A package containing a new book landed through my letter box a couple of days ago. It was a copy of the newly-authorized version of the Eucharist of the Church in Wales, published just in time for a meeting of the Church’s Governing Body in September.
(The Archbishop of Wales, the Most Revd Barry Morgan, can be seen at the meeting using what looks like a copy of the altar edition of the book in this picture.)
The arrival of this book was a significant moment for me — because I had designed and typeset it. Having laboured long and hard over the text and layout, over page breaks and line breaks, vertical and horizontal spacing, typeface, kerns and ligatures, page numbers and goodness knows what else, here at last was the finished product.
This is always an exciting event: to hold in your hands the result of your own craftsmanship, your own hard work, and to be able to see for the first time whether it has actually worked, whether you have achieved the effect that you wanted — in this case clarity and beauty combining tradition and modernity.
Of course, many people had contributed to this volume, in ways significantly more important than I had. Liturgists had worked on drafts, revision committees and the Governing Body had considered it, and altered it to produce the final authorized text; others had created the cover (by Leigh Hurlock) and the calligraphy (by Shirley Norman); and the printer (Biddles) had produced the printed and bound books. But I shall remember the time spent designing a layout that works, selecting typefaces, playing with type size, and different combinations of bold and italic and roman, caps and small caps, creating custom ligatures (Welsh requires an ‘fh’ ligature which did not exist in the selected face, so I had to design one myself in roman, italic, bold and bold italic), and of course proofreading the text over and over again. Proofreading, especially of the parallel Welsh text, was also done by people at the provincial office of the Church in Wales. All in all, the result is a book to be very pleased with, I think.
And then after all that, despite all the care that has gone into its production, you begin to notice the mistakes. Here and there, dotted around, are little glitches that have escaped the proofreading. It’s amazing that you can proofread a text so many times, both on screen and on paper proofs, and yet the minute you pick up the finished product you find a few more mistakes.
I suppose life is like that — you cannot produce the perfect work, there are always a few little things wrong. At least with a book there is a chance to correct any errors at the next printing! Mistakes in life, on the other hand, very often have to be lived with.3 Comments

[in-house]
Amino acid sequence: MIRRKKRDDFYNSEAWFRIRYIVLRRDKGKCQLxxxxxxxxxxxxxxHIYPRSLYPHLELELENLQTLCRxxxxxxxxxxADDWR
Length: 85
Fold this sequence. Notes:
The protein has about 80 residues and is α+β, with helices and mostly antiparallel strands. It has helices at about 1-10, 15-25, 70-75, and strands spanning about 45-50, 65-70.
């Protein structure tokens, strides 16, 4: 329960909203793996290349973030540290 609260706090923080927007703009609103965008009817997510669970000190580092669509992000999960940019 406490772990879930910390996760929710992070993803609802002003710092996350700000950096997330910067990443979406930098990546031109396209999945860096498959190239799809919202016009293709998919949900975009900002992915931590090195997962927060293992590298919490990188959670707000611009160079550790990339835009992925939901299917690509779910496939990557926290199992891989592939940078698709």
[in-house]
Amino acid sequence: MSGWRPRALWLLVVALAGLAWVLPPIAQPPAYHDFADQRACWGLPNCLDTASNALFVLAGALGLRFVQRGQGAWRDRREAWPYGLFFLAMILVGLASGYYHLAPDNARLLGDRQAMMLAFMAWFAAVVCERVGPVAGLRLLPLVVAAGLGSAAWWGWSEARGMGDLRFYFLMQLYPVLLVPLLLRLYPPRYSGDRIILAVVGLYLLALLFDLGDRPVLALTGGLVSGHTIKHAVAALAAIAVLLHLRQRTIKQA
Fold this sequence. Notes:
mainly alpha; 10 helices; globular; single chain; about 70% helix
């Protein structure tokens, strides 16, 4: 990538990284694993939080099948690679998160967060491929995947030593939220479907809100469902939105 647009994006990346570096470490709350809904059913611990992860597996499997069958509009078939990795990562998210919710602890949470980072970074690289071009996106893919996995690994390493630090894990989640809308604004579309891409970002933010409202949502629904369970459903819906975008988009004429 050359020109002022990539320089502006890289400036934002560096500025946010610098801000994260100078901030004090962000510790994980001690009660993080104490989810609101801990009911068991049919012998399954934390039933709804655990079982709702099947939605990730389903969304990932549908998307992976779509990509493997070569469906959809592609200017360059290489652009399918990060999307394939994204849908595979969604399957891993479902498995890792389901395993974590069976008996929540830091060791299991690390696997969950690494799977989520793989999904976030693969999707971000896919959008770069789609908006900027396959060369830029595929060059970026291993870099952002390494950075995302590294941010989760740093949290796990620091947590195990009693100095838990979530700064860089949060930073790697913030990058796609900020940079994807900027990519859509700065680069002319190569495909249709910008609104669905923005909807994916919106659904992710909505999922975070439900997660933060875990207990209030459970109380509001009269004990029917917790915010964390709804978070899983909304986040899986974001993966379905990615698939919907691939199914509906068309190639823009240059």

A few weeks ago, as part of an on-line discussion of Dorothy L Sayer’s Nine Tailors, I sat down and taught myself Kent Treble Bob (and Oxford Treble Bob for good measure, though that doesn’t appear in the book). On Wednesday I finally got a chance to try this out, at practice at Hemingford Grey. We set out to ring a plain course of Kent Treble Bob Major. I chose to ring bell 6 (because I reckoned that bell 6 or bell 4 would be easiest to keep my place — see below), but there were a number of complications. First, the ringer of the treble had never done any treble bob hunting before, but she did have an experienced ringer standing behind her to help; secondly, at least two of the other ringers were not entirely comfortable with Kent.
Why did I choose bell 6? Because, at the start, after dodging with bell 5, bell 6 next dodges in 3–4 down with the treble, and this means that next two times you find yourself in 3–4 down you have to make places (4ths then 3rds) rather than dodging, and after this second time you immediately dodge with the treble in 1–2 and go ‘into the slow’. All the bells have to do this, but 4 goes straight into the slow from the start, and 6 next time; the other bells have to wait longer for this to happen — more time for a beginner to miss this important work.
So, off we went, and I was pleased that I managed to keep my place throughout, and so did the treble. One of the other ringers was a bit wobbly, but what really threw us was that the conductor — naturally trying to keep track of what these inexperienced ringers were doing — himself went wrong, telling me, for example, to dodge with him in 5–6 when I was in the slow (but I was sure I was right and ignored him). Still, we managed some 5 or so leads of a plain course (which would be 7 leads in total, I think). During those 5 leads I had done all my ‘hard’ work — making places down, doing the slow work at the front, making places up — and was into the ‘ordinary’ work — dodging in 3–4, 5–6, and 7–8 up and down. We immediately had another go at a plain course, but — for the same reasons — this was less successful than the first.
So I was quite pleased with myself: I had rung most of a plain course of Kent Treble Bob Major, and it wasn’t my fault that it had gone wrong!0 Comments